|Title:||Modelling nonlinear dynamics of time series with applications|
|Subject:||Hong Kong Polytechnic University -- Dissertations.|
|Department:||Department of Electronic and Information Engineering|
|Pages:||xx, 127 leaves : ill. ; 31 cm.|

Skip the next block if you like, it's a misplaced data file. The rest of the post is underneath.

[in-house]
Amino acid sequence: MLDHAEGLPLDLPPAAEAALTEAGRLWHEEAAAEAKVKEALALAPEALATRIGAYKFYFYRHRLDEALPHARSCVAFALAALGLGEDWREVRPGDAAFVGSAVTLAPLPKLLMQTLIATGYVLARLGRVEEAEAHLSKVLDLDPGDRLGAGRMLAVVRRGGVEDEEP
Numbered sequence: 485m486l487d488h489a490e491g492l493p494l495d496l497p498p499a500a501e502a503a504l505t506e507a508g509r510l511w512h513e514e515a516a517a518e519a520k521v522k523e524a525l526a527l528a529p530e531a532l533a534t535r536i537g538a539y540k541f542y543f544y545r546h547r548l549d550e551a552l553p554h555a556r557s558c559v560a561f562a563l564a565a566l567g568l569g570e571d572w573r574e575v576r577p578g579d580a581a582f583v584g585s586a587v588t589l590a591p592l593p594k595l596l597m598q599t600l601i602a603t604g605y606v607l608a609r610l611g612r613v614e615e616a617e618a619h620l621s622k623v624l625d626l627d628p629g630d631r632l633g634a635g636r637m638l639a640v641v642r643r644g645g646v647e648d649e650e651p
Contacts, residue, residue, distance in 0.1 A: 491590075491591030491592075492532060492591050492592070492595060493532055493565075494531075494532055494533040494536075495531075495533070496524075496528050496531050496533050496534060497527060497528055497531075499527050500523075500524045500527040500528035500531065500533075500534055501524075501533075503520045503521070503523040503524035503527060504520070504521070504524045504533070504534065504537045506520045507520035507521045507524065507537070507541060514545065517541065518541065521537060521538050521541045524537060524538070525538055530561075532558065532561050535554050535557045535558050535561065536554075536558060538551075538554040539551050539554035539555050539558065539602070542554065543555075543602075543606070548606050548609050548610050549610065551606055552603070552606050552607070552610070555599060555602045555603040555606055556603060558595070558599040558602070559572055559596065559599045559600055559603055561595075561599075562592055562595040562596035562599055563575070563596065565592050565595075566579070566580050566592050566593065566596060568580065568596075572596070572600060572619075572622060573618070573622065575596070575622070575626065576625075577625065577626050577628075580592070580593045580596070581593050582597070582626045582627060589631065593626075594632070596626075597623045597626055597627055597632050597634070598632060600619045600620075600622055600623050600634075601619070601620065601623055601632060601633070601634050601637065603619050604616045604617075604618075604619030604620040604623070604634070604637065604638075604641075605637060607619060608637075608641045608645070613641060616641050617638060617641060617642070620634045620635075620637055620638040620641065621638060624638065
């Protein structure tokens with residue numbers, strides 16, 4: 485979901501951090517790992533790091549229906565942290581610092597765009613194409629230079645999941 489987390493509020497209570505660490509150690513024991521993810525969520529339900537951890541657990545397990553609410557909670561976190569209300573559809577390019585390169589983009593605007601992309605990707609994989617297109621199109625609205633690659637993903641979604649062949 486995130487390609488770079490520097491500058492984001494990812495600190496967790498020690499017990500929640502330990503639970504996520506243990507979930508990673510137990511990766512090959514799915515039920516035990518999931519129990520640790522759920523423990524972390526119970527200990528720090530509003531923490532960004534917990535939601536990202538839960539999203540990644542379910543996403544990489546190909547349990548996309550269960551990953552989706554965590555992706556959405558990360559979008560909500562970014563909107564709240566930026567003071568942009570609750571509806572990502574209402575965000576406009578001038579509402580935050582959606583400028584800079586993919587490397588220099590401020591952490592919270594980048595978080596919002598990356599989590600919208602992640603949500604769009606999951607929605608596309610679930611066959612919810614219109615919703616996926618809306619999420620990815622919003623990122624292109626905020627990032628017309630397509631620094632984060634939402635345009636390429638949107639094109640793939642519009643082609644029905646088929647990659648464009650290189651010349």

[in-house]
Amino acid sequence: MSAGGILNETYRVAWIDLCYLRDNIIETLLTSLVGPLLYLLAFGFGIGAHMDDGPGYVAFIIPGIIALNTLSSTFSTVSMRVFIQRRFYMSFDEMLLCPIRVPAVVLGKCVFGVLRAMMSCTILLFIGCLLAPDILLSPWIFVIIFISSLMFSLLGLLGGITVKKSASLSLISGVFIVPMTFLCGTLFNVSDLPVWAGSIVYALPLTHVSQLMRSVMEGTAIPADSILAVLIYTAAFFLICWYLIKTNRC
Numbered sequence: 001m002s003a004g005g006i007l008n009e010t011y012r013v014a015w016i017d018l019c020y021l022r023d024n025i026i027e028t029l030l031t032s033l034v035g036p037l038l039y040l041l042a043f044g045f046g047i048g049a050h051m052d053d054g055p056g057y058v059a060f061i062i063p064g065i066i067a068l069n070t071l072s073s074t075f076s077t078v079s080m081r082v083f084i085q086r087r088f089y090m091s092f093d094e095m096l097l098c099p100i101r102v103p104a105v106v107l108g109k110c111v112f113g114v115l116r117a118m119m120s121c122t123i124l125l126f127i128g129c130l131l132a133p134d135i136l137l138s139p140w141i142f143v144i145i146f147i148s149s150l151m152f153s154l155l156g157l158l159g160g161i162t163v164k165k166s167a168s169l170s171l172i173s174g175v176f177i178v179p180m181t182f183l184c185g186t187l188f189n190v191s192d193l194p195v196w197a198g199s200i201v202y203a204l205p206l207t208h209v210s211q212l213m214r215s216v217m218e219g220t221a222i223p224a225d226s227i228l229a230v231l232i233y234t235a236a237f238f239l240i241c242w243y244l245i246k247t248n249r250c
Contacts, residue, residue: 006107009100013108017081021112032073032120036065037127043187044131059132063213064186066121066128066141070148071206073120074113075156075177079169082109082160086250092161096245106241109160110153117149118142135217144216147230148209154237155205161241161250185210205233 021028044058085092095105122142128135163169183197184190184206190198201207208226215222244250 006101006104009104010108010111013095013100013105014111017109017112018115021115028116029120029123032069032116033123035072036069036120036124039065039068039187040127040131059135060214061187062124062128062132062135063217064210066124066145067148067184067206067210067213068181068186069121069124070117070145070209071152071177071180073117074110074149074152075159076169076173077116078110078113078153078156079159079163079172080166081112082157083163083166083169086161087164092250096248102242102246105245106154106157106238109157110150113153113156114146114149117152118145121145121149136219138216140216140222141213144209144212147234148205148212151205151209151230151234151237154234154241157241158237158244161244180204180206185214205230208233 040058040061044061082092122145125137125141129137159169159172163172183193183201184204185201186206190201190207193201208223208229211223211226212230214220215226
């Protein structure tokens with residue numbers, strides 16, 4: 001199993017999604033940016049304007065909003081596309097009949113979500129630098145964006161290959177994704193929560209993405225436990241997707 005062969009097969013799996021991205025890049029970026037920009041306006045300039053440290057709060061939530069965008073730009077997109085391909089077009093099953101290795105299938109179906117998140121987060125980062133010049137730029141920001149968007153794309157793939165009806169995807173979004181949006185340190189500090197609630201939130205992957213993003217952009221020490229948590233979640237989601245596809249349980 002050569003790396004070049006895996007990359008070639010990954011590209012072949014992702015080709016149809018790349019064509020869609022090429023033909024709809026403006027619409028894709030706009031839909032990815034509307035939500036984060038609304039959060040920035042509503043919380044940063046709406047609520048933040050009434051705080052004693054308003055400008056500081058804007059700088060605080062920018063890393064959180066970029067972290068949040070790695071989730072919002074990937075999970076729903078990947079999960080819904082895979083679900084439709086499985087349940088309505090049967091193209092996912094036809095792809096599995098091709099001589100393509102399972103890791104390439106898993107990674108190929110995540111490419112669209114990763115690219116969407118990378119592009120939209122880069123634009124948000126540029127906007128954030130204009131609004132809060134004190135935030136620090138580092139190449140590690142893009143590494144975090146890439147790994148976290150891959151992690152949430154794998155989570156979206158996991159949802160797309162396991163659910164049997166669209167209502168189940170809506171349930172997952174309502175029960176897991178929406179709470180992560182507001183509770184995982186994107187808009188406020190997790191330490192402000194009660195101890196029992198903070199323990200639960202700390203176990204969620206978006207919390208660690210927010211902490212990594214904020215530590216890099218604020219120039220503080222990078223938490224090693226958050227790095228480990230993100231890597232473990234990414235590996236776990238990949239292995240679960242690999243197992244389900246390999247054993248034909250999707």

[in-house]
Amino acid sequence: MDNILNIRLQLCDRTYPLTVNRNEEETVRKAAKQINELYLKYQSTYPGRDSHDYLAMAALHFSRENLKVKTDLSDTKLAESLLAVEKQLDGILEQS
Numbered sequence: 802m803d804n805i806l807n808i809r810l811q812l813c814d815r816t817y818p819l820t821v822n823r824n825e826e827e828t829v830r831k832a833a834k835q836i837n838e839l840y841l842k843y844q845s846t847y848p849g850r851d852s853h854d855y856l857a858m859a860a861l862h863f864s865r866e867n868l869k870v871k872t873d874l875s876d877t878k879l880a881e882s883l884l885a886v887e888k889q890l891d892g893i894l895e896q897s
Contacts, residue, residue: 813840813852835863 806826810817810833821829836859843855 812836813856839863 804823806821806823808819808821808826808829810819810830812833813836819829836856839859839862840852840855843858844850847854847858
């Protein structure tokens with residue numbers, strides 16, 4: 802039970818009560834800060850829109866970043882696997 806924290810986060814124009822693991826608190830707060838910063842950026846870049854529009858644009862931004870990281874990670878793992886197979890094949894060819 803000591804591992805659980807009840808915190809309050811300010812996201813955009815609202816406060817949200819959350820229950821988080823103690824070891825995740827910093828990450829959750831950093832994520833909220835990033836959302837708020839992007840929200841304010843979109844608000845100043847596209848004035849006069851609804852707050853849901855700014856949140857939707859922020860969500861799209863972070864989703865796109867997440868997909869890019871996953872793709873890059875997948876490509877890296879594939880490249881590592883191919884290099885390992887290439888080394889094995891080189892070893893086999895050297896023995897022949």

|Abstract:||Nature, as human beings observe it, brings forth rich and colorful phenomena which are recorded as time series. We usually wish to understand the underlying dynamics hidden under these time series. An efficient way of capturing dynamics is by time series modelling. As it became obvious that nonlinear dynamics abounds in the world, nonlinear modelling techniques were greatly studied and developed. This thesis describes building optimal nonlinear models based on an information theoretic criterion to investigate the underlying dynamics of various time series, especially cardiovascular time series (electrocardiograph and pulse data). The purpose of this research is to determine whether these techniques may be used to extend our understanding of the human cardiovascular system. We wish to build the relationship between the EGG and pulse data, and then classify distinct dynamics from recording of cardiac data. The major problem endemic to either linear or nonlinear models with a large number of parameters is overfitting. The usual methods of avoiding this problem are to avoid fitting the data too precisely, but these techniques can not determine the exact model size directly. We propose an alternative, information theoretic criterion to determine the optimal models. When applied to time series prediction these optimal models both generalize well and accurately capture the underlying nonlinear dynamics. The preceding optimal modelling techniques have been employed to model blood pressure propagation from the human wrist to the fingertip. We apply the well-known surrogate data method to model residuals, and conclude that there is no significant difference between pulse waveforms measured on the lateral artery (wrist) and fingertip. We then investigate the deterministic dynamics of EGG and pulse data, and the relationship between them. The surrogate data method against the null hypothesis of linear noise, does not provide sufficient evidence to confirm the existence of deterministic dynamics in them. We present a recently suggested pseudo-periodic surrogate method to determine whether they are consistent with deterministic chaos. Algorithmic complexity is proposed as the robust test statistic of the surrogate data method. Short-term prediction from EGG to pulse data and vice versa by our optimal models are also described. The results indicate that bounded aperiodic determinism exists in both EGG and pulse data. We conclude that the human EGG data contains information of the human body that pulse data does not have or can not replicate. The feasibility and utility of complexity and the surrogate data method for identification of nonlinear dynamics in noisy experimental data is also studied in this thesis. To provide an additional independent test system we apply these techniques to the international effort to experimentally observed gravitational waves. We propose complexity to detect the simulated gravitational data contaminated with strong noise. Complexity is proved to be robust and very sensitive to the existence of gravitational waves. The surrogate data method is used to examine the deterministic dynamics in the noisy gravitational data and attach statistical significance to the results estimated by complexity.|
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